samedi, juillet 18, 2009

Love, Love, Love Revolution

My column from Lancaster -- taking a look at Benedict's latest (third) encyclical -- a challenge to those who seek to untie life ethics from social justice.

So, you say you want a revolution?
Reaction to the publication of Caritas in Veritate, the new encyclical from Pope Benedict XVI, was, predictably, both polarized and dramatic.
Although the 144-page document was deeply grounded in Roman Catholic theology, it was Benedict's call for a "true world political authority" and his critique of capitalism that got much attention in the media.
Conservative Catholic commentator George Weigel memorably said that "Love in Truth" resembled a "duck-billed platypus" (a strange amalgam of the true Benedict and liberal elements in the Vatican bureaucracy).
But as the National Catholic Reporter's John Allen pointed out, liberals were equally guilty of highlighting the parts that pleased them and ignoring the pontiff's consistent remarks about "life issues" like abortion and birth control.
As a Reuters Factbox shows, this encyclical, meant for a global audience, was indeed in a long tradition of papal teachings — in fact, it was in part a further explication of Pope Paul VI's Populorum Progressio, written more than 40 years ago.
But what would the papal teachings mean to American Christians in a country in which individualism is sometimes taken more seriously than godliness? Could Americans get their minds around the idea that a holistic concern for the dignity of the human person could involve both economic justice and concern for the vulnerable, like the elderly and the unborn?
As a religious journalist who spends a lot of time reading about our polarization on social and economic issues, I often wonder about our capacity to seek the "common good" and take a look at the larger picture.
So I decided to ask Monsignor Stuart Swetland of Maryland's Mount St. Mary's Seminary about the encyclical's moral and social roots.
"What some would call the 'social ethic' and the 'life ethic' (in Caritas in Veritate) flow from the same basic principle — the dignity of the human person," said Swetland, Flynn Professor of Christian Ethics. One example is the way the pope links protecting the environment to caring about human life and to human responsibility for stewardship of God's creation, Swetland said.
"It overcomes the left-right polemic so prevalent in America," he said. "It's a mistake to characterize the pope as right or left or center — this is the constant (moral and social) teaching of the church."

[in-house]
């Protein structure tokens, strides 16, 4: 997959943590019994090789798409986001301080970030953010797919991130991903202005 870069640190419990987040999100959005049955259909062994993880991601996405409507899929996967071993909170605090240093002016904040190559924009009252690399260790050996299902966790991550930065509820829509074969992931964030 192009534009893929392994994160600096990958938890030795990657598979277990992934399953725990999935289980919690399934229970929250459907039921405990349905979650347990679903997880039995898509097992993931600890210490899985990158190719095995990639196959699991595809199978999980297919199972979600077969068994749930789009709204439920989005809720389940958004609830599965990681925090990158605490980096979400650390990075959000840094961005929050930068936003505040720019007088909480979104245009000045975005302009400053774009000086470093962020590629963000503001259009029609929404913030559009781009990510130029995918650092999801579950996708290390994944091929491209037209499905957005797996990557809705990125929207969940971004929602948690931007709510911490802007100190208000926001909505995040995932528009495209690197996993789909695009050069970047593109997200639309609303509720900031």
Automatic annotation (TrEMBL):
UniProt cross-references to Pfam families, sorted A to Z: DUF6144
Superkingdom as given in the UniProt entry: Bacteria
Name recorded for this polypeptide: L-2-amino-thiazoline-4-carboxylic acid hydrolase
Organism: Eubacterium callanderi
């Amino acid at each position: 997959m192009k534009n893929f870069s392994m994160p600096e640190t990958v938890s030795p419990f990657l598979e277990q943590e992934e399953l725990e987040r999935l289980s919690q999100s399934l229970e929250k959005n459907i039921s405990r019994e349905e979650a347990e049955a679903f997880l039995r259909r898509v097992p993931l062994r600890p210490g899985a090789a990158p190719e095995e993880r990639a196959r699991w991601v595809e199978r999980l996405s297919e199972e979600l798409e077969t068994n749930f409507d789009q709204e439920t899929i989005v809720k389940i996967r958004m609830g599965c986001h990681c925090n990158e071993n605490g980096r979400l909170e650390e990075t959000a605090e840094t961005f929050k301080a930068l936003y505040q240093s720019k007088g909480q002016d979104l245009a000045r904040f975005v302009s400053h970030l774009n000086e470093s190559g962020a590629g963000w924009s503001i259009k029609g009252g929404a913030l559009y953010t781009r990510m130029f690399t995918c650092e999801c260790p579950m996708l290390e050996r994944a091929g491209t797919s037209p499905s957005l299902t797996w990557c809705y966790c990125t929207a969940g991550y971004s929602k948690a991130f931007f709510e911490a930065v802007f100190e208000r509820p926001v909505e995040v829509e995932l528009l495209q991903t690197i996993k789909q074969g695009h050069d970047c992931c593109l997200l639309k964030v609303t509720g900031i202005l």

As well as offering the perspective that humans are made for more than just this life, the church articulates a "kingdom ethic" that shares the concerns of those in the secular world who wish to make the world a better place, he asserted.
"The message of Christ and his church is always countercultural," said the Rev. Peter Hahn, pastor of St. Leo the Great in Rohrerstown.
In the midst of the "individualist" ethic at the heart of the American experience, and the sin that makes us self-centered, said the priest, there is the "constant call of Christ and the church to serve each other."
One example? The "outsourcing" of American jobs, while difficult for Americans, presents opportunities for our brothers and sisters overseas, who also are children of God.
Hahn, who pastors a suburban church of approximately 1,800 families, said that he anticipated weaving the teachings of the encyclical into homilies, adult teachings, young adult ministries and opportunities for service.
Swetland, who is charged with teaching seminarians about the encyclical, confessed that "as I read it, I'm personally challenged as well. I recognize that I need to teach about all the aspects, not just the ones I like."
I know what he means, don't you?
Conservative or liberal, we all tend to "privilege" the portions of Scripture that suit our predilections — and either ignore or minimize some of the verses that make us a little uncomfortable.
As Benedict also points out, love not grounded in truth can become "nice feelings," added Swetland, while love untempered by charity (or caritas) can become legalism, he said.
Interestingly, the motto of Diocese of Harrisburg Bishop Kevin Rhoades is Veritatem in Caritate — truth in charity.
So is there anything new and revolutionary about Benedict's teaching?
No. It's the same old revolution.
It's been going for more than 2,000 years wherever there are women and men creating communities to help to build the Kingdom of God with prayer, witness, service and profoundly countercultural acts of love.
So ... you say you want a revolution?

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